Every week the Town Crier blog will look back at Seattle’s near forgotten Town Crier magazine to see what was happening then and talk about what’s happening now. One of the largest sections of the original Town Crier was “What People Are Doing,” highlighting things like, “Miss Nellie C. Cornish, who has been spending the week at her farm on Hood’s Canal, is expected home today,” and, “The Seattle Flyer’s Club, a newly formed organization, will be hosting a formal ball on Friday evening.” In this series we’re revisiting the old column and tying it to our community’s current happenings, asking: “what are people doing?”
In the April 5, 1919 edition of the Town Crier there was a story about the estimated speed of birds. It was entitled, “The Estimated Speed of Birds.” It begins, “There is no doubt that the speed of birds if very deceptive, more especially that of the larger birds, which appear to be moving at a much slower rate than they really are, owing to their size.” Luckily, for Crier readers, there was an Oregonian who liked birds. “The following table of relative speeds has been prepared by a statistics crank in Portland.”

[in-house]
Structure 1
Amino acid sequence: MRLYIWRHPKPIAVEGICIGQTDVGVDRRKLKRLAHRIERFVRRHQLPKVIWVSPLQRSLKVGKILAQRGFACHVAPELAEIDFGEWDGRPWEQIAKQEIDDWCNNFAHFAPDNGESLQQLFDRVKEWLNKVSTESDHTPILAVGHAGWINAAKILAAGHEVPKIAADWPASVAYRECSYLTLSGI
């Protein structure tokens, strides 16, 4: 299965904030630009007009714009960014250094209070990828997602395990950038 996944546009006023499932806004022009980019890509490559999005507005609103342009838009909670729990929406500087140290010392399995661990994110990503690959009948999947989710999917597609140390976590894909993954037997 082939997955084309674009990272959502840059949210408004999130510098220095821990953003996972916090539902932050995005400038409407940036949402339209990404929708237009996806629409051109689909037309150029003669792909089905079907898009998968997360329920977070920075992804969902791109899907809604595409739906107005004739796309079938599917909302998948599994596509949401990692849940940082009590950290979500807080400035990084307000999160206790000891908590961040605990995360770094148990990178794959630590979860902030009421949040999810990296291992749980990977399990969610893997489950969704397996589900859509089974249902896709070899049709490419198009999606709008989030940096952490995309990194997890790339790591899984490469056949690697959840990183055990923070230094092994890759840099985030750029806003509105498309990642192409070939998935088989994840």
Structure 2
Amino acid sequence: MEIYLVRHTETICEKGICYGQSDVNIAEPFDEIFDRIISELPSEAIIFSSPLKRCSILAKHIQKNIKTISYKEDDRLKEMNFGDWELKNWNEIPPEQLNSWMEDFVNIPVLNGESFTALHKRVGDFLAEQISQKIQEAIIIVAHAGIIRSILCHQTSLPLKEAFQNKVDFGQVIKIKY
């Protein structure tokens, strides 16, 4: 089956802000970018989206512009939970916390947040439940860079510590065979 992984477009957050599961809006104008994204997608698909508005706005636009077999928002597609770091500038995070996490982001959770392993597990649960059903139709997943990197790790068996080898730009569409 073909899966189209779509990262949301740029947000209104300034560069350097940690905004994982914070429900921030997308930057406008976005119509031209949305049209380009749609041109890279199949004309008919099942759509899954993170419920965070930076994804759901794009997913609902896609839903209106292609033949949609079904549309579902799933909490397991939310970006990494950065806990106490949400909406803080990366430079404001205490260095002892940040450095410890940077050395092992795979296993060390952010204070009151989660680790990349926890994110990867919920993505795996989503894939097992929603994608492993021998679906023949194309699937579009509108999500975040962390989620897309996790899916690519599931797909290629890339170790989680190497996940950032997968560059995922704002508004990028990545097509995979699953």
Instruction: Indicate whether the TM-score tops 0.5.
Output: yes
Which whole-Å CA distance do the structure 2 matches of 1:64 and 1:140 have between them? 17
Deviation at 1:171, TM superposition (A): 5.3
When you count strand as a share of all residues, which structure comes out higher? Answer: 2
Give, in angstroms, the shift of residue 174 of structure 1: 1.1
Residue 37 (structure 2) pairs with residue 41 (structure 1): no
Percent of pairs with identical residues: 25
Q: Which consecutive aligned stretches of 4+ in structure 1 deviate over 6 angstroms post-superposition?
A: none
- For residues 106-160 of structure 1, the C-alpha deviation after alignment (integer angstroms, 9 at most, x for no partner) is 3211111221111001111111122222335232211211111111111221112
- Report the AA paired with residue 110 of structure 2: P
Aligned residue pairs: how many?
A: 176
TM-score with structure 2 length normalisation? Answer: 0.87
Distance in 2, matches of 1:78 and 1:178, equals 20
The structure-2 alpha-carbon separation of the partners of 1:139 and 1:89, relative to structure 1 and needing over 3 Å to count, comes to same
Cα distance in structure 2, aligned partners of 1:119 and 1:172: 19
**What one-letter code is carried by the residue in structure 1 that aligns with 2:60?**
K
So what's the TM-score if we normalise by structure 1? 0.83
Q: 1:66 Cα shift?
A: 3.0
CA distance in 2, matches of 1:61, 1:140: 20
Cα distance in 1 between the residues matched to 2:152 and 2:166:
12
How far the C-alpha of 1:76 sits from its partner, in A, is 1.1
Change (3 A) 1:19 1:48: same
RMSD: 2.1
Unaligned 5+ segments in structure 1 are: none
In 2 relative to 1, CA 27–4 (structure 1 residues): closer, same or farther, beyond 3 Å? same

A few of the crank’s findings:
A quail can go 65 to 85 feet per second.
A ruffed grouse can go 60 to 90 feet per second.
A mallard can go 55 to 90 feet per second.
A teal can go 120 to 140 feet per second.
A canvasback can go 130 to 160 feet per second.
If you’re curious, here are the fastest birds in the world. I’m not sure which cranks came up with those numbers.